"The high-sensitivity CRP test provides us with a way to measure very low levels of inflammation which turn out to be highly predictive of future heart attacks and stroke," Dr. Ridker explains. "When we combine the new hs-CRP test with standard cholesterol screening, we appear to be able to do a far better job in terms of predicting who will ultimately go on to have a heart attack or stroke than if we had relied on cholesterol levels alone."

Today, the medical establishment is embracing the important role of inflammation in heart disease and screening patients for the risk factor. Last August during a physical, President George W. Bush underwent the C-reactive protein test, and given the Chief Executive's exemplary exercise regimen, it comes as no surprise that he passed with flying colors.

The findings of a recent landmark study by Ridker and his colleagues published in the New England Journal of Medicine may soon affect federal guidelines for cardiovascular disease detection.

"In our study we found that individuals with high C-reactive protein but low cholesterol levels were actually at higher risk than those with high cholesterol levels but low CRP," Dr. Ridker, lead author of the study, explained. "Yet such individuals are routinely missed by current screening procedures."

To update readers on the latest research into C-reactive protein and useful steps you can take to lower your risk for heart disease and stroke, the Post interviewed Paul Ridker, M.D., director of the Center for Cardiovascular Disease Prevention at the Brigham and Women's Hospital in Boston.

Post: We spoke with you two years ago (Sept./Oct. 2000 Post) about emerging evidence on the role of C-reactive protein in cardiovascular disease. With all the supportive studies and research, should physicians now routinely incorporate CRP levels in combination with cholesterol levels in monitoring the overall risk profile of their patients?

Ridker: The CDC and the American Heart Association are putting out guidelines for screening in a few months. My best guess is that they are going to suggest that screening should mostly be used for primary prevention in healthy middle-aged men and women where knowing their CRP level could change risk.

Post: Two years ago, there was one FDA-approved assay for measuring high-sensitivity CRP. Is the test more widely available today?

Ridker: The so-called high-sensitivity CRP test is very widely available now. There are many out there, and they have all been standardized. It is very easy to get. Basically, any outpatient laboratory in the country could provide the test. It's a very cheap test. The reality is that the reimbursement is somewhere between $12 and $16.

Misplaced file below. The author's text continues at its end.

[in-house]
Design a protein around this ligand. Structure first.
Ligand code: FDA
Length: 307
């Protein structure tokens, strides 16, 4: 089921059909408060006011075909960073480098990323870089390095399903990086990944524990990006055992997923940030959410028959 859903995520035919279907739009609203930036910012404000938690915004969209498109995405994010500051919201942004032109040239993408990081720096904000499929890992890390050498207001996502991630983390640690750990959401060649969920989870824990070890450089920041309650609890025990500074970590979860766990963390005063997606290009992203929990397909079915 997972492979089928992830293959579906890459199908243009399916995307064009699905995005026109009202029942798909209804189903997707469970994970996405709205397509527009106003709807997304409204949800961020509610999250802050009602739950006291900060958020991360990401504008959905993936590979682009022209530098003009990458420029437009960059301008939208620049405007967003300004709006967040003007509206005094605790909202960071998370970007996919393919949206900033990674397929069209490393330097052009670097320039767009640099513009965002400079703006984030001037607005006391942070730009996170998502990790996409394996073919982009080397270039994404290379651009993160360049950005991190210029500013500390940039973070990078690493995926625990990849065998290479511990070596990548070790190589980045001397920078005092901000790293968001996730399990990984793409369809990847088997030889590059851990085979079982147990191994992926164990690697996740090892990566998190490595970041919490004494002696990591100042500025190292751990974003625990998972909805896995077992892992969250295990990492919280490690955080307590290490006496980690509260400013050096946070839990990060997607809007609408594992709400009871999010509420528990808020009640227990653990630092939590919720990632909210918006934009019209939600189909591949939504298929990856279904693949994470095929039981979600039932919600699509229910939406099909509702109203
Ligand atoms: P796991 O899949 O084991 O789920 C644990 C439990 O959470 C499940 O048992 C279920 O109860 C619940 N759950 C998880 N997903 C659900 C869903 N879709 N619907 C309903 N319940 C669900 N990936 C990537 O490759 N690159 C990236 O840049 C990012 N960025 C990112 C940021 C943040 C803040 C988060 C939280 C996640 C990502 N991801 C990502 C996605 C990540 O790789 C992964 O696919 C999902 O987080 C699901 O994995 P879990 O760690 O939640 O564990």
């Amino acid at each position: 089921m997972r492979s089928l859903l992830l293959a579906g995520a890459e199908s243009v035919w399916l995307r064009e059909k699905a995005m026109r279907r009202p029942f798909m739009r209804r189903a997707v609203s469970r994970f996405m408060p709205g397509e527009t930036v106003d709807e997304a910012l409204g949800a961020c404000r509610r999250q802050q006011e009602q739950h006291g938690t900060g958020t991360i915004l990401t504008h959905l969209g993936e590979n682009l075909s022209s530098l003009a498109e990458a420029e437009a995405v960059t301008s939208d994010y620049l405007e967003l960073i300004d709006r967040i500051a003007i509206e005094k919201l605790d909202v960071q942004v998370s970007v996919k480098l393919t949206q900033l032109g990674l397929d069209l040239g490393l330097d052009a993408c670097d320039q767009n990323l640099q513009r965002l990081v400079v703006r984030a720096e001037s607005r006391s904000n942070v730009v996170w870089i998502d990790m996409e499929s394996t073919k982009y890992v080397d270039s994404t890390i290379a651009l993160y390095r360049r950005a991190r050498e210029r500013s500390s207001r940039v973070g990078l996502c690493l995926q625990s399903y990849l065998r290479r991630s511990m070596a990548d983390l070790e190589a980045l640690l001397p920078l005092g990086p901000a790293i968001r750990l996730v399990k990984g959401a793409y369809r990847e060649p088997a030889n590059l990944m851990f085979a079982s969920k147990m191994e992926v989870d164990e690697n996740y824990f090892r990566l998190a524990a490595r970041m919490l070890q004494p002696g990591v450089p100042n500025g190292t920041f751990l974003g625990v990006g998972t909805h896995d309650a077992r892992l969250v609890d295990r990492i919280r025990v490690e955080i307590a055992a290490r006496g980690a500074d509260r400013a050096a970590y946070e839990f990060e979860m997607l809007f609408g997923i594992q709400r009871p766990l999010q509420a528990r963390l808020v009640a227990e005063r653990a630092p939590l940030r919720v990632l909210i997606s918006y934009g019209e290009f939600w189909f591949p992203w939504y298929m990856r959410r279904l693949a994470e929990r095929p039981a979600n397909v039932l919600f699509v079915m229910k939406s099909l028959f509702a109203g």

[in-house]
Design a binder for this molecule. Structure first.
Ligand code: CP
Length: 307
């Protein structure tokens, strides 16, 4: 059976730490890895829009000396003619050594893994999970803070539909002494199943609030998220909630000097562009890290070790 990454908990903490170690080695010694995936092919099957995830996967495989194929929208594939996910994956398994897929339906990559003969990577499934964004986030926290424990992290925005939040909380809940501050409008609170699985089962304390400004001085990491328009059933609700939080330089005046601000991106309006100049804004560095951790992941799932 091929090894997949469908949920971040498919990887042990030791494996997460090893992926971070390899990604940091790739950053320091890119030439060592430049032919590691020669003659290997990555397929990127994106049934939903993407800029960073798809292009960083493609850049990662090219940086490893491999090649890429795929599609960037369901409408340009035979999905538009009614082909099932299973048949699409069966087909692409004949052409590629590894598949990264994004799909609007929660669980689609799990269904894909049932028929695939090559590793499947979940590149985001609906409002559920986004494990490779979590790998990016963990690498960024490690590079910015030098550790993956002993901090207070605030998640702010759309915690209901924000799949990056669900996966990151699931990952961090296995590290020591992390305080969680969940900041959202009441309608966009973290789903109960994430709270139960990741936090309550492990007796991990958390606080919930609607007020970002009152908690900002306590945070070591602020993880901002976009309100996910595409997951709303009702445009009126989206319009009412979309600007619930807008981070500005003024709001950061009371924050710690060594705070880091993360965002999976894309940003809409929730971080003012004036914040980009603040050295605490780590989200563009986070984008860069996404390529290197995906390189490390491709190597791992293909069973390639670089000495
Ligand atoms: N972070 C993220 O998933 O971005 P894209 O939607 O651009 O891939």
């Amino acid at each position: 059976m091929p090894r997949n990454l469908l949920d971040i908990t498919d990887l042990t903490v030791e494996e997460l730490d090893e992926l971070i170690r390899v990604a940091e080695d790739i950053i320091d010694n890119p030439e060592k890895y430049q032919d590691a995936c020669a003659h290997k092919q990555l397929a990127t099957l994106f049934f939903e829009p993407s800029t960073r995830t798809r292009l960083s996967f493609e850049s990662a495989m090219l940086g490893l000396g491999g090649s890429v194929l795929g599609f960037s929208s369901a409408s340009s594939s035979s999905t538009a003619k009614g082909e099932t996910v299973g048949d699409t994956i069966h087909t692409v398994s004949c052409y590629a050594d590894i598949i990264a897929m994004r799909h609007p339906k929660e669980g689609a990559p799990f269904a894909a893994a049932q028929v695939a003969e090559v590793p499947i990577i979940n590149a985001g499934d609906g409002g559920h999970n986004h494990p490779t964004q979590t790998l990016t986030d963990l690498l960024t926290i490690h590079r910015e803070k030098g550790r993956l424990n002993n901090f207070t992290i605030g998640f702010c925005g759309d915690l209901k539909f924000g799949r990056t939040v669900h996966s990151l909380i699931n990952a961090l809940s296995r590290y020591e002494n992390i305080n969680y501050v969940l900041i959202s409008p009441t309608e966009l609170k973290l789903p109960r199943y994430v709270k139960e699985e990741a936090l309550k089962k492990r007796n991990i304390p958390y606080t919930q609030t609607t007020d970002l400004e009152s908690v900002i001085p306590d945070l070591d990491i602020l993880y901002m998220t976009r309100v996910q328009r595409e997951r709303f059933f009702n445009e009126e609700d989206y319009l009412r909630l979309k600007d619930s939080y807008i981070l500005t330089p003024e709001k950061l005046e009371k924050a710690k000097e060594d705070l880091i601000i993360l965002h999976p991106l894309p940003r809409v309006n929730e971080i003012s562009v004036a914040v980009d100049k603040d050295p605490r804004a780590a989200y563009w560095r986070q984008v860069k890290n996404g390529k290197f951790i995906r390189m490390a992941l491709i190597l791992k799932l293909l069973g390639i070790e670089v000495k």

Post: What percentage of people in the United States have normal cholesterol levels but high CRP levels--and are thus at high risk for a cardiac event?

Ridker: We think it is around 25 to 30 million Americans.

Post: With screening and follow-up, could we potentially find a person at high risk for a coronary event and save lives?

Ridker: Fifty percent of all patients who get heart attacks and strokes have normal cholesterol levels. Identifying these people very early allows us to motivate them to diet, exercise, and stop smoking. It motivates them to stay within the treatment program. Compared to not knowing their high risk, it is extremely valuable information. And that's before we even start talking about whether individuals with high levels of CRP should be treated with any particular therapy.

Post: Do age and gender play a role in high levels of CRP?

Ridker: Gender only plays a role in the sense that women who take hormone replacement therapy have elevated levels of CRP, but otherwise the levels between men and women are basically the same.

In terms of age, there is a little bit of a drift up the older you get, but that's also because the older we get, the higher the risk of having events. That's normal for cholesterol at the same time.

Post: If you have an infection or an autoimmune disease--rheumatoid arthritis, for example--would you have high levels of C-reactive protein?

Ridker: This is not about infection; this is about inflammation. Among Americans who consider themselves healthy, 99.9 percent have a CRP level. It's about 50 percent inherited from our parents and about 50 percent due to the environment that you live in--how much we exercise, diet, and whether we smoke or not. This has nothing to do with autoimmunity in that sense of the word. This is a test for the average, healthy person. For that one tenth of one percent of the population that has lupus or juvenile rhematoid arthritis or some severe autoinflammatory disease, yes, they have high levels of CRP, but that's not the point.